3. The complainant said that the article was inaccurate. He said that the tribunal had accepted his claim of racial discrimination, and this represented the majority of the compensation he was awarded. He also said he had made allegations of disability discrimination and harassment against his manager, not fellow workers, that the poster in question was not to do with difficult workers, but a whistleblowing hotline, and that his employer had made an application for costs, which had been refused, not him. The complainant was also concerned that the article did not make clear that the company’s internal procedures had been criticised by the tribunal judge.

4. The publication said that the article was based on information heard during proceedings and the judgment published by the tribunal. The newspaper offered to update the article to reflect inaccuracies relating to the purpose of the workplace poster, and that the complainant believed his manager had discriminated and harassed him because of his disability. The publication did not believe these inaccuracies were significant as to require correction under the terms of Clause 1 (ii).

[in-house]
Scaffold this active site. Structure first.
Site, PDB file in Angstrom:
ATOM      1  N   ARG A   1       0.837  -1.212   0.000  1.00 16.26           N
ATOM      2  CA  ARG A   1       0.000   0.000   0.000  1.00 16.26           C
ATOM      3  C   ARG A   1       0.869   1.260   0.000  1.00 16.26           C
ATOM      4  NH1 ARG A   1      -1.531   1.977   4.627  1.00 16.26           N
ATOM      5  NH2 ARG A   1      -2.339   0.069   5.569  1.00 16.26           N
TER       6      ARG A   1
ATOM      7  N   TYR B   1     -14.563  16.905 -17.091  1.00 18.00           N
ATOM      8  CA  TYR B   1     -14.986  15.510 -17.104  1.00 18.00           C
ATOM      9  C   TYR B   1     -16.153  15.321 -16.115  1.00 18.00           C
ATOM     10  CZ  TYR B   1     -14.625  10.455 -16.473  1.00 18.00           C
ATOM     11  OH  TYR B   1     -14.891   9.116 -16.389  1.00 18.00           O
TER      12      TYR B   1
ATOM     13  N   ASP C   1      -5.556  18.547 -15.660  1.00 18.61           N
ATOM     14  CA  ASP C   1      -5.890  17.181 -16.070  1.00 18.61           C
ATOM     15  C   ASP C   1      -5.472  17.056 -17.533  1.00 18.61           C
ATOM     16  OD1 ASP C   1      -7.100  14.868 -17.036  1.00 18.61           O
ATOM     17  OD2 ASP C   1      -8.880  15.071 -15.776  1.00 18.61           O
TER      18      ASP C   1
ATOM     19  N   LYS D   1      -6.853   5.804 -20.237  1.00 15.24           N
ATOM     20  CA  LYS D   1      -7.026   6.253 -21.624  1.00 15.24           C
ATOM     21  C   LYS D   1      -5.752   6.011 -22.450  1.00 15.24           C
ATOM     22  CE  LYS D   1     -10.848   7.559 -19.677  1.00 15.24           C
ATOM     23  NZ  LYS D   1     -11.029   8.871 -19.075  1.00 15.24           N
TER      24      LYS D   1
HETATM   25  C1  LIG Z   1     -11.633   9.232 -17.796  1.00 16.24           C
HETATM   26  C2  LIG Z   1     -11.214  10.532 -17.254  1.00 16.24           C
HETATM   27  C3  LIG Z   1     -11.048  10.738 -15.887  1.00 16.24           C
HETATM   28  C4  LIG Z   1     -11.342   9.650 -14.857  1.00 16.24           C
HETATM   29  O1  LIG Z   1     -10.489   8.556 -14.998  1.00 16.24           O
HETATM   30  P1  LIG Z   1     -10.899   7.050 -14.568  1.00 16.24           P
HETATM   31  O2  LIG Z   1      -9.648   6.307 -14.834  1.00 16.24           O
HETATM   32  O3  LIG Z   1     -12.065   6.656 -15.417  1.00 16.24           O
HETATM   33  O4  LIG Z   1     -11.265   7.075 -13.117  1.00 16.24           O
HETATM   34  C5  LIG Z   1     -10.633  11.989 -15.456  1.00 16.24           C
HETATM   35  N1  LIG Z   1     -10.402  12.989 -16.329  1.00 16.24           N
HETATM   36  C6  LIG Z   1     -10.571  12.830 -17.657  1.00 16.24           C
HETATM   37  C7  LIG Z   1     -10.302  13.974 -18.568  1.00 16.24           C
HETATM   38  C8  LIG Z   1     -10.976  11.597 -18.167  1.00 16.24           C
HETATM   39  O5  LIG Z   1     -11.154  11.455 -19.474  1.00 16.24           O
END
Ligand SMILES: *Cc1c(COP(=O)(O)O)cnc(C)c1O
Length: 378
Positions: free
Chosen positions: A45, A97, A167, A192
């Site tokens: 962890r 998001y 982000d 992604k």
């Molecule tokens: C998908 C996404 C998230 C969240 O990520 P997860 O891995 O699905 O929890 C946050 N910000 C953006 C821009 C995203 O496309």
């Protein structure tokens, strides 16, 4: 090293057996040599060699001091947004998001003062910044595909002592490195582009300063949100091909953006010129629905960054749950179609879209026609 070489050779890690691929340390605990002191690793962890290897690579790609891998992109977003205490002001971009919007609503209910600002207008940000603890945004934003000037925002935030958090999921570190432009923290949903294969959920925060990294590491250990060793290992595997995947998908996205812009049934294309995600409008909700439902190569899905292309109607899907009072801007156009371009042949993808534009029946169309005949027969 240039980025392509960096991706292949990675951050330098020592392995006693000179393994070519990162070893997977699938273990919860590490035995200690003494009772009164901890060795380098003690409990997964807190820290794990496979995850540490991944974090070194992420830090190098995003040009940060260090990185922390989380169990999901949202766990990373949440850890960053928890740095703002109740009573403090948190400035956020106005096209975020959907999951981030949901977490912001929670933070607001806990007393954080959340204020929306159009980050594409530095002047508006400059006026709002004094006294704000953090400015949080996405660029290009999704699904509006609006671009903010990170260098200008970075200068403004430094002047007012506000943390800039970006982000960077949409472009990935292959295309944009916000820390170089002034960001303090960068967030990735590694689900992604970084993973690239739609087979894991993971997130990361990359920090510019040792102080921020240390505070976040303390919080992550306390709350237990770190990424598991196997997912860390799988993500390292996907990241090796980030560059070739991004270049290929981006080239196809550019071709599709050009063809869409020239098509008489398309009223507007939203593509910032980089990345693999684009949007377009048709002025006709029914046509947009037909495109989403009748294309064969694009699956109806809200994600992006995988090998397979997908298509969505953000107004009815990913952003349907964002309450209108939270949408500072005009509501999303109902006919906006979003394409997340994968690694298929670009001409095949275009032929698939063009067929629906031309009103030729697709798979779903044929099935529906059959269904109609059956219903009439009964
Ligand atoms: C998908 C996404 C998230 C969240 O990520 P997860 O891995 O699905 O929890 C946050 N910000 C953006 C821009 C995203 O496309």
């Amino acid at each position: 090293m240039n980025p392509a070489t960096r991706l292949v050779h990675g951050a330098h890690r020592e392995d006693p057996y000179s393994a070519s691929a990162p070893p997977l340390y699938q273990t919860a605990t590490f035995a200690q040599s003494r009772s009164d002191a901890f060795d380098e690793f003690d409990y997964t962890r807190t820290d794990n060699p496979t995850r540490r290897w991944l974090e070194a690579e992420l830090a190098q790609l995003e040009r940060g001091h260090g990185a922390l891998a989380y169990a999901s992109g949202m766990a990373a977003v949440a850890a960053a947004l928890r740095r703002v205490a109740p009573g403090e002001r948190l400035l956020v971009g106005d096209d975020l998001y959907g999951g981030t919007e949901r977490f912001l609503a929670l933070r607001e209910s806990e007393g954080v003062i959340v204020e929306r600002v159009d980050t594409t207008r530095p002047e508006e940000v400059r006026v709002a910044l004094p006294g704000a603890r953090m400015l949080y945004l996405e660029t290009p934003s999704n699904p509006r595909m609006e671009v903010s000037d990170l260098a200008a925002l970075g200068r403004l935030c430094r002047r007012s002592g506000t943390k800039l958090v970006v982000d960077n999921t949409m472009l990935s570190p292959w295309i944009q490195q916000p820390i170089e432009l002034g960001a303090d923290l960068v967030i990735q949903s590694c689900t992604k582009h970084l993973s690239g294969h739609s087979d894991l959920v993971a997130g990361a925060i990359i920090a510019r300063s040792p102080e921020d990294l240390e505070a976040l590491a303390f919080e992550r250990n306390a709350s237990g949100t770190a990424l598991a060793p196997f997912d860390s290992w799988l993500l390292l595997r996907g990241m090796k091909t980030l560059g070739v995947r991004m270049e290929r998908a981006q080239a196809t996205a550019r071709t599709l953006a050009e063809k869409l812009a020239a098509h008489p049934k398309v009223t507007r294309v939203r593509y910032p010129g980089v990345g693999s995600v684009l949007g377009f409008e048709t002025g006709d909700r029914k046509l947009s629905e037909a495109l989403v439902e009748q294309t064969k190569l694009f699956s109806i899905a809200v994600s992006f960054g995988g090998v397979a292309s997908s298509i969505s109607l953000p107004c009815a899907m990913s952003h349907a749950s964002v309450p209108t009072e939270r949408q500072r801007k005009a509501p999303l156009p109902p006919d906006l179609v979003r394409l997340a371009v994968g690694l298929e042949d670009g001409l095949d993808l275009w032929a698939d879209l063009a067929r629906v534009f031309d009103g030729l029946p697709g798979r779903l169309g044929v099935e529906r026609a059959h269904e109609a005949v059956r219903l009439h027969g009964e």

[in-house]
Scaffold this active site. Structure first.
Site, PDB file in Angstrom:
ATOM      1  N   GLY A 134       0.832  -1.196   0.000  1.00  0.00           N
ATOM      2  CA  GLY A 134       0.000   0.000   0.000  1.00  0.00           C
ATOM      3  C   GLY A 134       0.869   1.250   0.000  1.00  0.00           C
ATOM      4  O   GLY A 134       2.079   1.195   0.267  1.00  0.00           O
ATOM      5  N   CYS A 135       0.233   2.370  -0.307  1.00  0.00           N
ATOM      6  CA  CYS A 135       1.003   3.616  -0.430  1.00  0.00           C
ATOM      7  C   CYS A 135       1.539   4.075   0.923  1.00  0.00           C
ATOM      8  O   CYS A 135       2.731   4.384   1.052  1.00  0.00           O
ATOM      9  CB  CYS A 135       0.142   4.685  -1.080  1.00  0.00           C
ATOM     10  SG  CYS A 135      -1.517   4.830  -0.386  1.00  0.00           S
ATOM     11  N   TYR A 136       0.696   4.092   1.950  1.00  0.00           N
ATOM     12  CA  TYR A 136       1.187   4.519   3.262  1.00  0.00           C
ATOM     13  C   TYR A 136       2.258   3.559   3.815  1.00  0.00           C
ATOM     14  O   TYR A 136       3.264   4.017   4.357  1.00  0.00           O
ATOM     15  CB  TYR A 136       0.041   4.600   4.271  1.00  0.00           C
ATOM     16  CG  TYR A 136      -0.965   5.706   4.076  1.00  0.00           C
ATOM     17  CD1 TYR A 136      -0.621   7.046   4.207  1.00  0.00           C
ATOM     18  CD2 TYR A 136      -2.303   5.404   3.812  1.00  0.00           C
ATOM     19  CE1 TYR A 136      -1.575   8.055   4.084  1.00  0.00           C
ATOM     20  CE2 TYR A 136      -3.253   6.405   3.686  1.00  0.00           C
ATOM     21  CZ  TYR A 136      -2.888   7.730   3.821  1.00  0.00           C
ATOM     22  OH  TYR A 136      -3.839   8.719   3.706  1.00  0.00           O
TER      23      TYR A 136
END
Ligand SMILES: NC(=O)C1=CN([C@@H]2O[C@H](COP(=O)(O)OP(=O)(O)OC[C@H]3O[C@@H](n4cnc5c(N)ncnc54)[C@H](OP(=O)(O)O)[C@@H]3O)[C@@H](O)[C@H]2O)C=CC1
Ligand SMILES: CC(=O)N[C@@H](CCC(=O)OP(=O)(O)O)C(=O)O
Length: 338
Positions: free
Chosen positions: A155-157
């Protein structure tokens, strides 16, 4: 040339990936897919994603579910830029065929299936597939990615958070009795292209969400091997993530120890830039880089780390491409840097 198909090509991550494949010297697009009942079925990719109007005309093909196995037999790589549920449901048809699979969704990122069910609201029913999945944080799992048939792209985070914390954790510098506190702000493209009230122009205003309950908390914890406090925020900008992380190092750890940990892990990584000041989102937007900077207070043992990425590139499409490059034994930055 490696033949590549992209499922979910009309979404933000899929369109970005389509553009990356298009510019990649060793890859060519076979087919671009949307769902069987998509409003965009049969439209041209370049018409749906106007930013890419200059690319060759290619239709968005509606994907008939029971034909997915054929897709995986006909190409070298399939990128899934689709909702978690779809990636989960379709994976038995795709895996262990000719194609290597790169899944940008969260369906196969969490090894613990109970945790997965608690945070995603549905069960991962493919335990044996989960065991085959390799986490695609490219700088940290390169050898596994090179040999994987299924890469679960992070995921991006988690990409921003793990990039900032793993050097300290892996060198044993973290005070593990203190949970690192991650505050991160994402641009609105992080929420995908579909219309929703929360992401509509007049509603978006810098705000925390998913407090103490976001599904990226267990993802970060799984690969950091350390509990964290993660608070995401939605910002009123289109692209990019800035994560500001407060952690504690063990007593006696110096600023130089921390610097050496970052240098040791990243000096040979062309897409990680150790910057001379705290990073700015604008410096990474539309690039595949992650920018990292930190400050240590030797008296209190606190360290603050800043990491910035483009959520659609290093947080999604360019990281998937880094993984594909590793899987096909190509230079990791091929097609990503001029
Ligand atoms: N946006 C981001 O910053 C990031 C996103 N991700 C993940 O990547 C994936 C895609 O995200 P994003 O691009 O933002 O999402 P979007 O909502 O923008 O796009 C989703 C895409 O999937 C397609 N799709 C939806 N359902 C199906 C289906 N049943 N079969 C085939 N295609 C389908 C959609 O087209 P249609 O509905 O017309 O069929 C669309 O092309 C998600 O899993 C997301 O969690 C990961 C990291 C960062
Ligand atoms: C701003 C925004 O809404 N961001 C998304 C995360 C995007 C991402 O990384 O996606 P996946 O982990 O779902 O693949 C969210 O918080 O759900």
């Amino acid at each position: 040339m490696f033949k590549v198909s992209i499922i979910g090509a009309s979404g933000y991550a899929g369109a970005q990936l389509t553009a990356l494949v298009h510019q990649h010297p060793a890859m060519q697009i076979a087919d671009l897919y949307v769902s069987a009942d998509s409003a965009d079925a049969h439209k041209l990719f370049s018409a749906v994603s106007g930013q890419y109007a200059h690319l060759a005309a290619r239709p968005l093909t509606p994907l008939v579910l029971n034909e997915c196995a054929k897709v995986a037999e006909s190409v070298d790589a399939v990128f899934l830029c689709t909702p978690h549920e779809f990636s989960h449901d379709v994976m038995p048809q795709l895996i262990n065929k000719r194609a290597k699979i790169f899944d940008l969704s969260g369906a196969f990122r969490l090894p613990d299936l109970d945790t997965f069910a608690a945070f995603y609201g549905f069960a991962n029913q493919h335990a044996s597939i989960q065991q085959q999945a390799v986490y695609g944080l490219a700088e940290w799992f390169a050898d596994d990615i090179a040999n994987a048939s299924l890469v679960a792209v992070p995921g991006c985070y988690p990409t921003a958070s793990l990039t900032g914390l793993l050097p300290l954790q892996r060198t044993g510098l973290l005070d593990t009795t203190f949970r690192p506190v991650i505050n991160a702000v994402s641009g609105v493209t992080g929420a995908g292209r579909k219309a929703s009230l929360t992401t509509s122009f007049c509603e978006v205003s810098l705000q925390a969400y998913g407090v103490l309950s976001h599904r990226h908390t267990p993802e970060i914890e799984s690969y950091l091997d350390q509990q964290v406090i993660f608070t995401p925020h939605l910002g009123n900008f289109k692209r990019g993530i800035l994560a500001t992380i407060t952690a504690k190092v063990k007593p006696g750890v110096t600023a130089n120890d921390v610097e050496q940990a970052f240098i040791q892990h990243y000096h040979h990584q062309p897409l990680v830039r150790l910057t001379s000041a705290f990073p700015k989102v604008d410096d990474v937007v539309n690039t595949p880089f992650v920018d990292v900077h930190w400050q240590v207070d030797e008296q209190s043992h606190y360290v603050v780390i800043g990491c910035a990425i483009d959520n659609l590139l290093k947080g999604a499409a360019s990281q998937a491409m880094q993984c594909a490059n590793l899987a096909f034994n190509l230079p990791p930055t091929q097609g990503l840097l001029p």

5. The publication said that the summary on the first page of the tribunal’s judgment stated that only claims for harassment on the grounds of race and disability and disability discrimination had been upheld. However the full judgment, which the newspaper had relied on at several points in the article, made clear that the complainant’s race discrimination claim had also been upheld. The newspaper also accepted that it had erroneously reported that the complainant had applied for costs, when in fact the application had been made by his employer. The publication offered to publish the following correction to reflect this: